Apr 242015

2013-03-04 20.13.41Googling, I discovered that the folks over at XCeleratePartners blogged about an Innovation Games for Product Development course I taught in Houston. That was gratifying.

But what was truly gratifying was their write-up about the course (and here’s part 2). Go check it out. You’ll see some excellent details on how the games are played, which one to use for what purpose. And there are nice pictures, too.

Every teacher wants to know that they have made a difference, that their learners “get it.” That’s the true test of training. Not Net Promoter Score. Not standardized tests. The measure of the teacher shows in the real-life performance of their students.

“Educate” comes from the Latin educare, meaning “to lead out that which lies within.” The best learning is centered in the learner — not on the teacher — allowing the student to connect new concepts and techniques to those understandings which they already possess.

ProdBoxThe depth of the XCelerate students’ understanding is demonstrated in their ability to write about the games in a clear and comprehensive way. As an organizational coach, I couldn’t be more glad for the existence of another Innovation Games practitioner.

As an educator, I couldn’t ask for a better compliment.

 Posted by at 5:46 pm
Feb 102012

I love this Google+ post from Dave Gray. He talks about the operation of an aircraft carrier, a complex system with high personnel turnover but no comprehensive operations manual. There is no manual because it would have to be as complex as the carrier itself. Instead, the “manual” for the carrier is the sum of ongoing expertise and learning that is occurring all the time:

When the situation is stable, predictable, and well-understood, traditional hierarchy prevails. But when decisions need to be made quickly, decisions will migrate to the edge, where people can sense and respond to situations in real time.

At the end of the post Dave invites us to use this story as a metaphor for other large complex systems. One such large complex system is the so-called “software development process.” A documented process presupposes a simplistic ecosystem, but the ecosystem of enterprise software development — like the ecosystem of an aircraft carrier — is enormously complex. Beyond one person, a small team, or even a team of teams, enterprise software development is of the same order of complexity as the enterprise itself.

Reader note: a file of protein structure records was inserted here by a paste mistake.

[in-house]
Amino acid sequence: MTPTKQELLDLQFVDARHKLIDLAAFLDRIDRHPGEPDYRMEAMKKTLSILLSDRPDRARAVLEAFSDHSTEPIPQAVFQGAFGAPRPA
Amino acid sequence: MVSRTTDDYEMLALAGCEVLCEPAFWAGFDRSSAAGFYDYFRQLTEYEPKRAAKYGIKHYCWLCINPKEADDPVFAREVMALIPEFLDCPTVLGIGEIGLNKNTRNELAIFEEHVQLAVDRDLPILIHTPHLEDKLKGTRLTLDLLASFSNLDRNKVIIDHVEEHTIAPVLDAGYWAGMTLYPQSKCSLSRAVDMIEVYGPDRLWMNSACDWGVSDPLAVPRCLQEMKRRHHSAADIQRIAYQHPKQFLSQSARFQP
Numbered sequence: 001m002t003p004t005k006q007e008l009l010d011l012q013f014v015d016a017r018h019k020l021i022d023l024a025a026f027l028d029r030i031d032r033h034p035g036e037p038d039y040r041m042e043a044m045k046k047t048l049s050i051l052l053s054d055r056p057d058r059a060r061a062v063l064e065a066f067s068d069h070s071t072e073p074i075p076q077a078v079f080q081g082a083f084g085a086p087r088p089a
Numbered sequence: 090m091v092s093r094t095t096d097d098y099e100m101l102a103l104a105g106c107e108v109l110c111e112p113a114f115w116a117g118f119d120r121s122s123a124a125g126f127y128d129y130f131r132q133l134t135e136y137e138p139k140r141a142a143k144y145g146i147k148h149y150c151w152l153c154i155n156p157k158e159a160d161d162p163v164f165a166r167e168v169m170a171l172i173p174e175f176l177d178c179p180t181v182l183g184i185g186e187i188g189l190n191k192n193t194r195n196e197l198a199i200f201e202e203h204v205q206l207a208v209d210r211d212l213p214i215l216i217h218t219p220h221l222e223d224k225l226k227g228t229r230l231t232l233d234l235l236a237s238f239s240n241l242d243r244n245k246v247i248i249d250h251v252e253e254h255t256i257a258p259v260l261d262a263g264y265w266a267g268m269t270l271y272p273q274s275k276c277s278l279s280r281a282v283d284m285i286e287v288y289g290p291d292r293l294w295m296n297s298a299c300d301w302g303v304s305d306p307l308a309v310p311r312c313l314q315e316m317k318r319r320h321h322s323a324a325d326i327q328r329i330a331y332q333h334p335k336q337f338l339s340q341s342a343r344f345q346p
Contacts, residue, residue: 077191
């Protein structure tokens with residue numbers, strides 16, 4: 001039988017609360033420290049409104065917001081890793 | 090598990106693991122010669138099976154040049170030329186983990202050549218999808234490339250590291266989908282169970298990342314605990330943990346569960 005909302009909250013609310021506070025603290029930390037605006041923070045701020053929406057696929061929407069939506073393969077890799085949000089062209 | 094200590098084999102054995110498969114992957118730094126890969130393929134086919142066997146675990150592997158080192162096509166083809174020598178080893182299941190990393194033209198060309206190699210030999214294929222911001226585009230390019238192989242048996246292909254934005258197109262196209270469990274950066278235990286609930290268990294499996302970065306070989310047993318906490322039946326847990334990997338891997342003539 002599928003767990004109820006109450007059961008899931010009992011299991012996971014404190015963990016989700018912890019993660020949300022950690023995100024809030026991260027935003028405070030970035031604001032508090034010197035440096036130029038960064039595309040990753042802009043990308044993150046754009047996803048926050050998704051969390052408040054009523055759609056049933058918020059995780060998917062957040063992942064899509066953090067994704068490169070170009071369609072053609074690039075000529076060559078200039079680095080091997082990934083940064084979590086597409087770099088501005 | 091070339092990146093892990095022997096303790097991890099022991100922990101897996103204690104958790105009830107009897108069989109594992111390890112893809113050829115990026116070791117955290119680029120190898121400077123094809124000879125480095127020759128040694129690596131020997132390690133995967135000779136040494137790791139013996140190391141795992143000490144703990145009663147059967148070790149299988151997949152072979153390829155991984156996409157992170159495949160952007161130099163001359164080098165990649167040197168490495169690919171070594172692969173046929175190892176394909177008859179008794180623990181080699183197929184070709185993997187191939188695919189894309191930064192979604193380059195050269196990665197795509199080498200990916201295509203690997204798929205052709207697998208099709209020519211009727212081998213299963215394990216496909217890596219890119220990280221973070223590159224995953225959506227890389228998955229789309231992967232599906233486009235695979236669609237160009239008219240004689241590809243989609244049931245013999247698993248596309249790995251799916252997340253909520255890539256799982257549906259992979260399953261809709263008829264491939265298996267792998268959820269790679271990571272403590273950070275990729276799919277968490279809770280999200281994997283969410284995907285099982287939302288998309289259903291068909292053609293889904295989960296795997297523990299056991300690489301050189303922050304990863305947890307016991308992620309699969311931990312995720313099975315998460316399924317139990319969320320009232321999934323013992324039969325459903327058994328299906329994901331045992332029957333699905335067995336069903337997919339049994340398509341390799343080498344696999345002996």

And as such, as Dave says, “there ain’t no manual.”

Sure, we need some abstractions (like UML) to help us quickly get our minds around general concepts. And we need some procedural checklists (like automated code-management tools). But mistaking these for “how to do software development” guides reminds me of Martin Fowler’s warning against mistaking software design docs for the software itself: “the code is the best source of comprehensive information, as the code is the easiest thing to keep in sync with the code.” Martin is reminding us that abstractions of complex systems are useful, but they are not the thing itself. Guidelines are useful, but manuals are useless.

So what do you do when your manual for the system will be as complex as the system itself? You don’t try to foster compliance — you foster learning.

And I have seen that scare the pee out of many people. They don’t want to learn. They don’t ever want to be the “new recruit” who has to learn how to best fit their own talents into that of the organization. They went to school, they have a degree, they have 10 years of experience, they want to prove to their organization that they “follow all the right processes and procedures.”

No wonder something like Scrum — three roles, three artifacts, three meetings, and 1 big rule: “adapt your work to best realize the needs of the product” — can be unsettling.

So, why are we learning to be afraid of learning?

 Posted by at 1:41 pm
Oct 162011

I recently spent a day helping the leadership of an organization make the leap from “can we become Agile?” to “now we’re becoming Agile!”  The problem was one of mindset: getting people to think less about barriers and more about what actions are possible.  My solution involved hands-on experiential learning and structured group debriefing.

I’ve written about it below, but I’m a visual person so I’ve added a lot of captioned pictures if you want the gist, and the how-to “recipe” for doing this mindset-shift yourself is at the end.

Continue reading »

 Posted by at 6:59 pm